Milwaukee farmers market employs permeable pavers for storm water storage
Organized and operated by volunteers, the Garden District Farmers’ Market is located on Milwaukee’s south side at the northern entrance of the Milwaukee Green Corridor project. The district has designated the Green Corridor area as a space to showcase a variety of sustainable projects that ultimately seek to improve environmental performance, attract business development, raise public awareness and support regional growth. When it came time to construct a new parking lot in the fall of 2014, the farmers market seemed like an ideal place to incorporate green technology. However, lack of funding for the volunteer-run nonprofit proved to be a sizable barrier.
Bryan Simon, owner of Simon Landscape Co. and chair of the Milwaukee Green Corridor project, had a vision to utilize a Belgard Permeable Interlocking Concrete Pavement (PICP) system in the construction of a 15,000-sq-ft parking lot adjacent to the farmers market.
“Our mission is to educate and engage the public on how to be better stewards of the environment,” Simon said. “Using the Belgard PICP would allow us to not only build a quality parking lot, but also capture rainwater, which would filter downward into a storage reservoir to be used to irrigate portions of the farmers market.”
Water harvesting with this system utilizes a free resource to reduce municipal water supply costs while complying with regional storm water management guidelines. The water can be held in a long-term storage reservoir or flow into a rain garden, and ultimately be used for irrigation, washing or other non-potable applications.
In the past, Simon explained, landscape designers developed plans for shedding water from sites so it would not soak into the soil. The property owners then bought water for their lawns, trees and gardens. However, rain is optimal if it stays where it falls, seeping into the ground and watering the grass, plants and trees in that area. Impervious surfaces like buildings, parking lots and roads prevent rain from infiltrating back into the ground.
In contrast, the PICP system is fundamentally a large-scale infiltration gallery with a drivable surface course over top. The open graded base and subbase aggregates have approximately 32% and 40% open space, respectively, providing for temporary water storage. Because these are the same aggregates used for railway tracks, they are more than capable of supporting vehicular loads.
While Simon was confident that his idea of utilizing PICP was ideal for the parking lot and would ultimately save the organization money, the up front cost of the project was more than the organization could afford. In addition, multiple municipal groups were involved, and the permeable pavers were a new concept to Milwaukee.
The parking lot land is owned by Milwaukee County and leased to the nonprofit Energy Exchange. The project was awarded a Milwaukee Metropolitan Sewer District (MMSD) Green Infrastructure Grant. Because the grant funds are not received until the project is completed, the city of Milwaukee’s department of public works provided gap funding to pay for the materials and labor that were not donated. This funding was crucial in allowing the project to move forward on schedule.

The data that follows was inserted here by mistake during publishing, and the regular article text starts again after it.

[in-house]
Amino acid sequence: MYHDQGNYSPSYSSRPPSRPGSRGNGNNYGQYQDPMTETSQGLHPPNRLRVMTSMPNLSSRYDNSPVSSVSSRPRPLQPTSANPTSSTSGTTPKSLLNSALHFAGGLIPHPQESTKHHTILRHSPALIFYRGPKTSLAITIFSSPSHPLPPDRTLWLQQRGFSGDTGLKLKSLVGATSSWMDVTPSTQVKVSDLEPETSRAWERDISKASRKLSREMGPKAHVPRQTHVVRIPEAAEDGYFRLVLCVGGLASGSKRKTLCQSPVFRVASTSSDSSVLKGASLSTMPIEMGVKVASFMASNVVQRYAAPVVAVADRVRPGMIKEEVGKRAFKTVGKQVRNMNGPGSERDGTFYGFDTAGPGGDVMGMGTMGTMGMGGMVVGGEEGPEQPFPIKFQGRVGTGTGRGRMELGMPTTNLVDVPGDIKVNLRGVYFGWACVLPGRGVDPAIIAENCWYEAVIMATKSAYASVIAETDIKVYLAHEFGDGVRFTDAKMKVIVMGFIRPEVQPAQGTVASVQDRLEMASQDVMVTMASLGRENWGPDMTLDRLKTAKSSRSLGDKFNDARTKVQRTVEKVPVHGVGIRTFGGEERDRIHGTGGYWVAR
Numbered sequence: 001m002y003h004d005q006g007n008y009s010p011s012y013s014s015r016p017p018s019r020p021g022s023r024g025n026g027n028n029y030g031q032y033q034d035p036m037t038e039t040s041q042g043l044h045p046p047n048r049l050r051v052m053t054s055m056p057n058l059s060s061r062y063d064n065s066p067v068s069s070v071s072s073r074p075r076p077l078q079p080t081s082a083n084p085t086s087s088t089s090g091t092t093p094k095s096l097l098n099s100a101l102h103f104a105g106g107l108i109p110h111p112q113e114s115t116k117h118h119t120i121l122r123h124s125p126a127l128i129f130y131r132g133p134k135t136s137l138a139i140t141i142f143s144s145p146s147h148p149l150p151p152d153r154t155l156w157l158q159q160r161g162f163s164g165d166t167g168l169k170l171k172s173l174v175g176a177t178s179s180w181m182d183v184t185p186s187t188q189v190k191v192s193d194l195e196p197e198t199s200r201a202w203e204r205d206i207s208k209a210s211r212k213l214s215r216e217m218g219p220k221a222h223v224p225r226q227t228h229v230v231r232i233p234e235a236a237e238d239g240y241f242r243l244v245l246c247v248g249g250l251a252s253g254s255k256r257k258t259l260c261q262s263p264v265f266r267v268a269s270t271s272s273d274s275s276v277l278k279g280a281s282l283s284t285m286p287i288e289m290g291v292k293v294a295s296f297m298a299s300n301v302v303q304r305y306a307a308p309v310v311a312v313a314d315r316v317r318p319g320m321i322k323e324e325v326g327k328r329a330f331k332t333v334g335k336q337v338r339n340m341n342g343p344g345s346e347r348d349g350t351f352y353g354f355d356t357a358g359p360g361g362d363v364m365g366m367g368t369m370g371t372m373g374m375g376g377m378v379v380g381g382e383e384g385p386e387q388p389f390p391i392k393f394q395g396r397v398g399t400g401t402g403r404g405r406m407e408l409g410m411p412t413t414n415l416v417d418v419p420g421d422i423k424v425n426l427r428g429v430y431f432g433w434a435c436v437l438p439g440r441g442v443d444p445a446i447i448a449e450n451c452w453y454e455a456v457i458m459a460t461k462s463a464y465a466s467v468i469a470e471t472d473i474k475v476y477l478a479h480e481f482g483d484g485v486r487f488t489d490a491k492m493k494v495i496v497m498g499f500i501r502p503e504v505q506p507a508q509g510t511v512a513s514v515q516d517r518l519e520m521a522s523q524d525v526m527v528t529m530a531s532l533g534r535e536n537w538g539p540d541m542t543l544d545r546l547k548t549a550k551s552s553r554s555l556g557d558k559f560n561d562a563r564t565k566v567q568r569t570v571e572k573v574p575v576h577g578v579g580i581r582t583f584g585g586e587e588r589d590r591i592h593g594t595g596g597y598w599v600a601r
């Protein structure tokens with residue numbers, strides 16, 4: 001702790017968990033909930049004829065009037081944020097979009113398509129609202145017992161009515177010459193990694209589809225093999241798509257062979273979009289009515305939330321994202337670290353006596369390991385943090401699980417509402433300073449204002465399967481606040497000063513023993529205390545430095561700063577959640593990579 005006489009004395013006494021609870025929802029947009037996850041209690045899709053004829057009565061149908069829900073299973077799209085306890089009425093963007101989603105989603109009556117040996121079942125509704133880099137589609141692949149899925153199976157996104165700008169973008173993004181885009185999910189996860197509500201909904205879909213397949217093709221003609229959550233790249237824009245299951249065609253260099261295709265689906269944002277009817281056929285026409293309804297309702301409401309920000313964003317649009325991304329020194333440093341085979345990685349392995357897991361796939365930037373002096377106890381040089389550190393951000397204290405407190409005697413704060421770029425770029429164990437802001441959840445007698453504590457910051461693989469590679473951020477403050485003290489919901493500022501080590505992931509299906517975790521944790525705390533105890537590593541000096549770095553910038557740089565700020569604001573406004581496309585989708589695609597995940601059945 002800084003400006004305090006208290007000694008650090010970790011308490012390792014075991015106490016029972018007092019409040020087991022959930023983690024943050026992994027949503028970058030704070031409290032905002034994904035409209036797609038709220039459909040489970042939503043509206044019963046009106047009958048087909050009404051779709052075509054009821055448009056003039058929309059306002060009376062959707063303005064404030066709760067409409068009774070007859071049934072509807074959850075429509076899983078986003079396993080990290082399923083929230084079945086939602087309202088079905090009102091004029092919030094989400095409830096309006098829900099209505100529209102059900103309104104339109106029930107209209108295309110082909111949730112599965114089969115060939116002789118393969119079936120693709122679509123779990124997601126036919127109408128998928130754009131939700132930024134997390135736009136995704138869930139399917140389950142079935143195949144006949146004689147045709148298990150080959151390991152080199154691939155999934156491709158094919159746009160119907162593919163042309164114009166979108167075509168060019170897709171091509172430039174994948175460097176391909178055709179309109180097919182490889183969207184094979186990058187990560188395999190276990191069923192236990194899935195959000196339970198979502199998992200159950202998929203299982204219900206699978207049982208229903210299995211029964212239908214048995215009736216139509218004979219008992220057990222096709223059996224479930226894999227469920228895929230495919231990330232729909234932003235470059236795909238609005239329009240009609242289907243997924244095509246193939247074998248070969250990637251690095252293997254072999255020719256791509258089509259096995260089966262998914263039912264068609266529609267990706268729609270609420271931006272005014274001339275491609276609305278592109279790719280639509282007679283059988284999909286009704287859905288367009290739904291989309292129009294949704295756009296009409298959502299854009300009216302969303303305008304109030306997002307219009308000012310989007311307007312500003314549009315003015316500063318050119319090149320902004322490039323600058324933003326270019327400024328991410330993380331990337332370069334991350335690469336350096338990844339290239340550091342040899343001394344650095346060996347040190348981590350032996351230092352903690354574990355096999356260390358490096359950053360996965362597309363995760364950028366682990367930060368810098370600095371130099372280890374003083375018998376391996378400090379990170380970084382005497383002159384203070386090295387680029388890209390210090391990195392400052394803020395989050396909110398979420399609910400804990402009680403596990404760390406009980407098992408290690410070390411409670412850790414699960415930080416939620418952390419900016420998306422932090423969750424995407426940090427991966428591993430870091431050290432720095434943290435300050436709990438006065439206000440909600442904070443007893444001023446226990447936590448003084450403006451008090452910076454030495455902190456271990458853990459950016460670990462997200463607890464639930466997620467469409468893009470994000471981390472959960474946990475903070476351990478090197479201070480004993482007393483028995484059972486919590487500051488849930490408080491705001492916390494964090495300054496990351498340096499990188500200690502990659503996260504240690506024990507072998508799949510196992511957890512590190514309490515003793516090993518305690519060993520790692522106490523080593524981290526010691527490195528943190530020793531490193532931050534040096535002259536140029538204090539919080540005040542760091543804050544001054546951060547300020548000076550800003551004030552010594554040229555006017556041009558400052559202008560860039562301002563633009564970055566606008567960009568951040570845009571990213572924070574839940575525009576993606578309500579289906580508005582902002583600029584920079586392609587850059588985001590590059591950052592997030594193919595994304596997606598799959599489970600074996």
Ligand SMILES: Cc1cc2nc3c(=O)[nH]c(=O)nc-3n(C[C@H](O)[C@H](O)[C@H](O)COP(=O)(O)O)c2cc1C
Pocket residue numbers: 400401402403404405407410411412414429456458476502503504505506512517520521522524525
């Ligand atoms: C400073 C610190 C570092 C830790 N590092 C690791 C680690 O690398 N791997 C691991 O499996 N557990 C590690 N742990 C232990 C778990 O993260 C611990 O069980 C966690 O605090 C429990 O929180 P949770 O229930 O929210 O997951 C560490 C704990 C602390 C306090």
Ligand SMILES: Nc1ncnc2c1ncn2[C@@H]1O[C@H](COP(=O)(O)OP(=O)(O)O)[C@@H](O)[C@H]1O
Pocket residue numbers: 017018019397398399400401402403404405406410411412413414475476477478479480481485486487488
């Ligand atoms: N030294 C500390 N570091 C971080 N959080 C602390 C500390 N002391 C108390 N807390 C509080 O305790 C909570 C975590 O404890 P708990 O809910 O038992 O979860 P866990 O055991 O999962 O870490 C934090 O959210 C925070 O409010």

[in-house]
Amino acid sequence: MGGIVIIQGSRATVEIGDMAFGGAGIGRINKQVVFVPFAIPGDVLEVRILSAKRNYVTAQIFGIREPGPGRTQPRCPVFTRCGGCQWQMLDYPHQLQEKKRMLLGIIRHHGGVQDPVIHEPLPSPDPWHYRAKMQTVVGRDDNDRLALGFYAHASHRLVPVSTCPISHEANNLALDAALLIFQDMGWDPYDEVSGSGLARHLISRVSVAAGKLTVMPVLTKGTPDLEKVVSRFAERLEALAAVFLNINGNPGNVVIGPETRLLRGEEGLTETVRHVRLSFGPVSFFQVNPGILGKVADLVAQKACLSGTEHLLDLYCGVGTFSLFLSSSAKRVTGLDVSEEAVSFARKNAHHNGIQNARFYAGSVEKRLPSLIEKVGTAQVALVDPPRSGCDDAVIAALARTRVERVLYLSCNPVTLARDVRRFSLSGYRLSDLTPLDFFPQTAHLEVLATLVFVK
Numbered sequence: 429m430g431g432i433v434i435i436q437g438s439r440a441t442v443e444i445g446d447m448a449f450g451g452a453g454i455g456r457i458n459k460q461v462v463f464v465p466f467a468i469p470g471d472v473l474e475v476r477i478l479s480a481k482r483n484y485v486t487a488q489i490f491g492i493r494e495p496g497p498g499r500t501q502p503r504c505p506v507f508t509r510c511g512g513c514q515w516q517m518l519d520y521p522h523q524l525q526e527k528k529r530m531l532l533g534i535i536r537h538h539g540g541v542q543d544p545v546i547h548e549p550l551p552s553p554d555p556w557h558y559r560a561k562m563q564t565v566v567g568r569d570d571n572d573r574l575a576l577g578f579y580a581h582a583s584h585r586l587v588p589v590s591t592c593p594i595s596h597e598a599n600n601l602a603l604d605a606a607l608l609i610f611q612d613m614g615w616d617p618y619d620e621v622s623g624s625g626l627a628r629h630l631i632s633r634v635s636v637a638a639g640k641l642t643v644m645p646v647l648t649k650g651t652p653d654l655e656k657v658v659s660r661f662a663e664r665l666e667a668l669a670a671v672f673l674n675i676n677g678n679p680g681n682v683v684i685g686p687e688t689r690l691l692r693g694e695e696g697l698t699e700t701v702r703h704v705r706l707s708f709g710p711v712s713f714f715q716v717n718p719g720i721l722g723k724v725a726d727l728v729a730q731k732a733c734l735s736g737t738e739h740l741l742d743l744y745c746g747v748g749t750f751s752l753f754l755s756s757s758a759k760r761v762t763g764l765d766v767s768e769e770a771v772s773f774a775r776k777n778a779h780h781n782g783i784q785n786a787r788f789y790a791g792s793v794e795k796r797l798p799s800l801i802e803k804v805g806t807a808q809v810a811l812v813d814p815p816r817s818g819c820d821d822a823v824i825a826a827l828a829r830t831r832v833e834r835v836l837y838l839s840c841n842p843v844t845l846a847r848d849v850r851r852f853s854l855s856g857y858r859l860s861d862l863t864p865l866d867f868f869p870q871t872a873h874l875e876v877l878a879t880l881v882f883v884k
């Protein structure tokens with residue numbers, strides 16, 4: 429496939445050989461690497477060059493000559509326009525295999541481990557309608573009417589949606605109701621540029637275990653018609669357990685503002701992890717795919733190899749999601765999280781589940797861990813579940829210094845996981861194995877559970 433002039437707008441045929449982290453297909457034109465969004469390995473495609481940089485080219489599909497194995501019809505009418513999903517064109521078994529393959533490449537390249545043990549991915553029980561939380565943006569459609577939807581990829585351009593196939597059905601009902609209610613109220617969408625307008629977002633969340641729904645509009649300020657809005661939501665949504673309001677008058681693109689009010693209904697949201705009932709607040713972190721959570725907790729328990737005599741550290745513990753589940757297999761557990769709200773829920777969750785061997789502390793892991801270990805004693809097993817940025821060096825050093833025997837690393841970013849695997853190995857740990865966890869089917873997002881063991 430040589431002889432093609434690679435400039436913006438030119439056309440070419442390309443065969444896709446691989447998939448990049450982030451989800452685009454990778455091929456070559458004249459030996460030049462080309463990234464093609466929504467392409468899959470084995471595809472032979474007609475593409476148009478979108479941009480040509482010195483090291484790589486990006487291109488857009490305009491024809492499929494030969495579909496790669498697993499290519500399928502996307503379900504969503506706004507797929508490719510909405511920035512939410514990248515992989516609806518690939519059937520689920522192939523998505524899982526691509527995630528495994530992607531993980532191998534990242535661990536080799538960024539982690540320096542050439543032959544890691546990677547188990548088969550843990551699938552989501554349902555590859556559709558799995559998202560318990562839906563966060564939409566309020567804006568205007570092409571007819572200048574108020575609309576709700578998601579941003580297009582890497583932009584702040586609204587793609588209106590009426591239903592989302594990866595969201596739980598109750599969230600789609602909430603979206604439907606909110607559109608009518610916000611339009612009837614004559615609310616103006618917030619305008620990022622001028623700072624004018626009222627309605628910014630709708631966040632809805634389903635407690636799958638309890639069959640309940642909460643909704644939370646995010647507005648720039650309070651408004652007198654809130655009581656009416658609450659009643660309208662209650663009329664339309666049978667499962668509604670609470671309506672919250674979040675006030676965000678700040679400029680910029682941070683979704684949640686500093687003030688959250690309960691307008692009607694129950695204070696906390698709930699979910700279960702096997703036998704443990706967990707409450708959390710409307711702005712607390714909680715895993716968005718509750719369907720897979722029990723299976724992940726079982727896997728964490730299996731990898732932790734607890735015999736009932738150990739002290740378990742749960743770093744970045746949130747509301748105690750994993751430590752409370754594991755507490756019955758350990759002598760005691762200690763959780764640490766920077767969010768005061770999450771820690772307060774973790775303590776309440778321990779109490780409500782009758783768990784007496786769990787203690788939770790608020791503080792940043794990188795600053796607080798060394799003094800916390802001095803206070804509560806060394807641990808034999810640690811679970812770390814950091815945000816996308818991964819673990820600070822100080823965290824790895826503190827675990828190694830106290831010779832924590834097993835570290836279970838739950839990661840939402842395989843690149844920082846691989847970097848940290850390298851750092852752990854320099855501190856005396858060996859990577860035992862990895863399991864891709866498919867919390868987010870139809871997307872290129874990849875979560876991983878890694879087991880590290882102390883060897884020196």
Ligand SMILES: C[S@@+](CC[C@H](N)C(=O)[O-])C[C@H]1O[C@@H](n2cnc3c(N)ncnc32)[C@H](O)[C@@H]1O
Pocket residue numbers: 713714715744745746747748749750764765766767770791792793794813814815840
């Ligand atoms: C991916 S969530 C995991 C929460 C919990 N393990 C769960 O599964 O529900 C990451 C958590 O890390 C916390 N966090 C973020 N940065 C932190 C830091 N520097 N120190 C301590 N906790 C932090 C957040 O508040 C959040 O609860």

“There were a number of moving parts and pieces and quite a few entities involved,” Simon said. “However, all of the groups came together and worked fluidly. In addition, a number of organizations also made material and in-kind donations. Local nurseries supplied plants, Simon Landscape provided labor and Belgard donated a portion of the pavers, which was crucial. The project would have never happened otherwise.”
Simon singled out a number of individuals who helped make the project a reality. Local Alderman Terry Witkowski was integral in designating the Green Corridor and opening the door to this project. Mayor Tom Barrett and his office embraced the PICP technology, not only in the Green Corridor, but also throughout the city and the district. Commissioner of Public Works Ghassan Korban approved the temporary funding, and the MMSD provided the major grant. Matt Howard, director of sustainability for the Office of Environmental Sustainability, and Jason Haas, county supervisor, also played key roles in the project.
After funding was secured, the project team chose graphite-colored Aqualine Series L-shaped multi-cobble permeable pavers. Economically sound and surpassing all U.S. Environmental Protection Agency storm water requirements, the pavers offer both cost-effectiveness and long-term durability in harsh climates, particularly those with extreme freeze/thaw cycles. Under the pavers, a 2-ft-deep storm water storage unit was installed to capture the water and pipe it to a 10,000-gal aqua block system. The water overflows into a storage reservoir to be used to irrigate the orchard and hoop houses adjacent to the farmers market. The harvested rainwater also feeds the most popular feature of the grounds—a babbling stream.
“Overall, Belgard was proud to play an integral part in making this project happen—helping to educate the municipal players on the benefits of our product and ultimately donating some of the materials to facilitate the infusion of grant money,” said Nate Gish, Belgard Commercial Hardscapes sales specialist. “The project has had a positive effect, as more developments in the region are using PICP materials.”